Award-winning Sinningia piresiana (Gesneriaceae)
Asplenium nidus, closeup
"Living wall" entry
"Living wall" entry
So maybe Sunday morning on the first weekend of the show was the worst possible time to go, but I had little choice on the timing. If I go again next year, I'll plan to visit during the week, when the show isn't quite as crowded. I also heard that later in the evening (the show is open until 9 pm most nights) is also a good time to go with far fewer crowds. And maybe next year I'll figure out some way to get there and back that doesn't involve driving my own vehicle.
I added that last photo, a cheerful little narcissus of some kind (I almost always forget to note the plant names!) to remind myself that, first, it's not really the Philadelphia Flower Show I hate, it's the crowds; and second, that the flower show is a good thing: it reminds us that spring is just around the corner, it reminds us that plants and flowers and gardening and everything related to them are wonderful, wonderful things, and maybe, just maybe, it will get somebody interested in gardening who never was before. Hmmmm, maybe next year I'll drag my husband along to come with me.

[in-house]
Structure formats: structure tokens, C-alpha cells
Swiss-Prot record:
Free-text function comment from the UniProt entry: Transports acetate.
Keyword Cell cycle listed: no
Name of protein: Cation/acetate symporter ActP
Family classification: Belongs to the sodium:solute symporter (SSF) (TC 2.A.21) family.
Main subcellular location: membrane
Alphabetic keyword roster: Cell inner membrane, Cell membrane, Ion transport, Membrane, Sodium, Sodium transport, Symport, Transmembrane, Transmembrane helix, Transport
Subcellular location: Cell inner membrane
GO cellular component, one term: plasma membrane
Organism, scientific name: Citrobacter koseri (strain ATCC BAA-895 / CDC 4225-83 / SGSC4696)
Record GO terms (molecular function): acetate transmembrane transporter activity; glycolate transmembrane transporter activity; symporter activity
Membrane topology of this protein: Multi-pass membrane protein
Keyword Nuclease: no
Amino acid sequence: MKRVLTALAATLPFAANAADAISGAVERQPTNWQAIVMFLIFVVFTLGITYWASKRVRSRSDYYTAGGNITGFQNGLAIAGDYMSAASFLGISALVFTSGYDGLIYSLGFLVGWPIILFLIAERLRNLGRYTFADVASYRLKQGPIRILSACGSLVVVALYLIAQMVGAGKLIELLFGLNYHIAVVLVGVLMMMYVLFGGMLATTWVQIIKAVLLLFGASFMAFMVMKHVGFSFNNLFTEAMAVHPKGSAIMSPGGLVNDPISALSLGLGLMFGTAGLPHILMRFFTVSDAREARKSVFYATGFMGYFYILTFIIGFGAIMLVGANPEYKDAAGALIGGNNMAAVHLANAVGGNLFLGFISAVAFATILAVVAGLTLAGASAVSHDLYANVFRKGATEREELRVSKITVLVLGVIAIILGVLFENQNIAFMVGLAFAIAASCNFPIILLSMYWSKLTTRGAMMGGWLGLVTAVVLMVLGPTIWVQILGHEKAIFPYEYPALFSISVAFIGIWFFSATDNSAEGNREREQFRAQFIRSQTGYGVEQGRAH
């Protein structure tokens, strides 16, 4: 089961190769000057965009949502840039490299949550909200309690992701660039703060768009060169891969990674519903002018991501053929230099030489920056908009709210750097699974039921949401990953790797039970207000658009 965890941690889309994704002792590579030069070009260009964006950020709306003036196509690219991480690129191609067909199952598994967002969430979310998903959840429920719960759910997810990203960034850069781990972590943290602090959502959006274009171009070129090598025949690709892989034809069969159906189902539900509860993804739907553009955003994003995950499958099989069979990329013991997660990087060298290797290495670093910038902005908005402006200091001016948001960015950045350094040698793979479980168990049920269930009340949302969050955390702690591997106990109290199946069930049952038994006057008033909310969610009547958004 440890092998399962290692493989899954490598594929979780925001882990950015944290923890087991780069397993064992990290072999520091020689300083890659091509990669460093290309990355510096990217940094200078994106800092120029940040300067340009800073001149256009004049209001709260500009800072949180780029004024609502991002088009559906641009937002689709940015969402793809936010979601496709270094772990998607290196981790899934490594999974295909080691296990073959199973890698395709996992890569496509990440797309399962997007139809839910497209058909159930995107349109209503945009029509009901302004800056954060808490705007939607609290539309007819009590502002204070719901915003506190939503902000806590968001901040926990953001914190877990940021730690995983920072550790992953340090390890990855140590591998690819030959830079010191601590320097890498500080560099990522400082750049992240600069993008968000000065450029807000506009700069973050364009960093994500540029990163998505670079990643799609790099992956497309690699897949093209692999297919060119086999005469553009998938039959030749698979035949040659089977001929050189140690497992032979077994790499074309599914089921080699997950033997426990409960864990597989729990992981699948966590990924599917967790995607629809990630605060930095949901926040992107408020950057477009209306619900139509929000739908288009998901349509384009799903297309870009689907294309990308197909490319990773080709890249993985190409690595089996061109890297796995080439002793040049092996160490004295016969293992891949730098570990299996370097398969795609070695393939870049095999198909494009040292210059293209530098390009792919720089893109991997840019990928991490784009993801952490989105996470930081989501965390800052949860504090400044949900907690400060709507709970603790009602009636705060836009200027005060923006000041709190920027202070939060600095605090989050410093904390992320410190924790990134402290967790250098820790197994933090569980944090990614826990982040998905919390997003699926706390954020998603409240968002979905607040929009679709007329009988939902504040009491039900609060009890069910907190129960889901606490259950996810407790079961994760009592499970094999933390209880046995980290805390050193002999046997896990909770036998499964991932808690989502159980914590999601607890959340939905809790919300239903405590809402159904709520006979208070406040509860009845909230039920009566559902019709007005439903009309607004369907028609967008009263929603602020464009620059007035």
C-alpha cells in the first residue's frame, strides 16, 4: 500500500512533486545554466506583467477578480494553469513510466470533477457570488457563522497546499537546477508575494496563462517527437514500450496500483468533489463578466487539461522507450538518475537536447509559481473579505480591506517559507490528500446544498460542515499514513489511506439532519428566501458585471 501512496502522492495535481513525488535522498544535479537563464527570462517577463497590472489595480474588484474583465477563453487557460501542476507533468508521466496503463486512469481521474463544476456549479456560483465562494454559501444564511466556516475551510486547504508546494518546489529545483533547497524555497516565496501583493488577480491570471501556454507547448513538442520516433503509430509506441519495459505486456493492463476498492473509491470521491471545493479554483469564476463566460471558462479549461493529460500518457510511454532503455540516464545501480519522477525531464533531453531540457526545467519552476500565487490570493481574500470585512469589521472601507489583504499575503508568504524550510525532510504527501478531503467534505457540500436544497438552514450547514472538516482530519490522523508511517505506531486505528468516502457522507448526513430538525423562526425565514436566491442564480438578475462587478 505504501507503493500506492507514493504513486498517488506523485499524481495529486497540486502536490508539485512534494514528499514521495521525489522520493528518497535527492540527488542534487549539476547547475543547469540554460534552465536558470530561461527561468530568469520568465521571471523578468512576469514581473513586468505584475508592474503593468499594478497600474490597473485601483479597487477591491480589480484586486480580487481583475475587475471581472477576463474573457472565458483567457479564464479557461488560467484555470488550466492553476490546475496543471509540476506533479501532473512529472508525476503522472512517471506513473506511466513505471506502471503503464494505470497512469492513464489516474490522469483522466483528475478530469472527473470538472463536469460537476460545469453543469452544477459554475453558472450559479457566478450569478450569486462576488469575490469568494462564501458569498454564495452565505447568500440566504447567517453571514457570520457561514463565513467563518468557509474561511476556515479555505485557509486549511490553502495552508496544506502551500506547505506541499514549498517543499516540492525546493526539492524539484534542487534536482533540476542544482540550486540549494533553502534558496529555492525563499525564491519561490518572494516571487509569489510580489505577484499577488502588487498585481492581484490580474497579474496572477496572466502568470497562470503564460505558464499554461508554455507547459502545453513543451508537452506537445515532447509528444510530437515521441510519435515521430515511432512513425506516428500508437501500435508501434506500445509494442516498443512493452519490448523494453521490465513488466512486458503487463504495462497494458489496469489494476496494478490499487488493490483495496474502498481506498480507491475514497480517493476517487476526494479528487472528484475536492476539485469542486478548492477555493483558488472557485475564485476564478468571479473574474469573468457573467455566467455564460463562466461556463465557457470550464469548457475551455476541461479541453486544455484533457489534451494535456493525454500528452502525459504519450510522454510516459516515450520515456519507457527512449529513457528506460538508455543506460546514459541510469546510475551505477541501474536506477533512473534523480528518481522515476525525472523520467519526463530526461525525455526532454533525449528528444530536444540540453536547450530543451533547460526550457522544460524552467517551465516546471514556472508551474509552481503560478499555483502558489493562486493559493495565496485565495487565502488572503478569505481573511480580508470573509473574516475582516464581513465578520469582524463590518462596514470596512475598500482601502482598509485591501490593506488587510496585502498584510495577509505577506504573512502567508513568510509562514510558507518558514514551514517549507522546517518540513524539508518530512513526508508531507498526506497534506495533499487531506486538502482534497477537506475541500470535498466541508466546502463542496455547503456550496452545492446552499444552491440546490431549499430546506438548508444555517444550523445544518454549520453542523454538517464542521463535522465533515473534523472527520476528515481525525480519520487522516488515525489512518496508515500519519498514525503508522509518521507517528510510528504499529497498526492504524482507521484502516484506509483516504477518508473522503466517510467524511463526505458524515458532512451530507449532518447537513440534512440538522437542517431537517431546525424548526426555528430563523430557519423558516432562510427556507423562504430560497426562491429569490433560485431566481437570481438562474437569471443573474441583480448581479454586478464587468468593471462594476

Next year's Philadelphia Flower Show is scheduled for March 5-13, 2016. The 2015 Philadelphia Flower Show has been covered by many other bloggers, so please read some of them to get a different point of view!
MY Trip to the Philly Flower Show (Susan Harris, GardenRant)
Lights, Camera, BLOOM! Celebrate the Movies at the Philadelphia Flower Show (Kathy Jentz, Washington Gardener)
Philadelphia Flower Show….More Than Just An Event (Teri, Cottage in the Court)
Lights Camera Bloom! Philadelphia Flower Show, Part 1 (Claire Jones, The Garden Diaries)
Lights Camera Bloom! Philadelphia Flower Show, Part 2 (Claire Jones, The Garden Diaries)
5 jaw-dropping reasons to see the 2015 Philadelphia Flower Show (George Weigel, PennLive)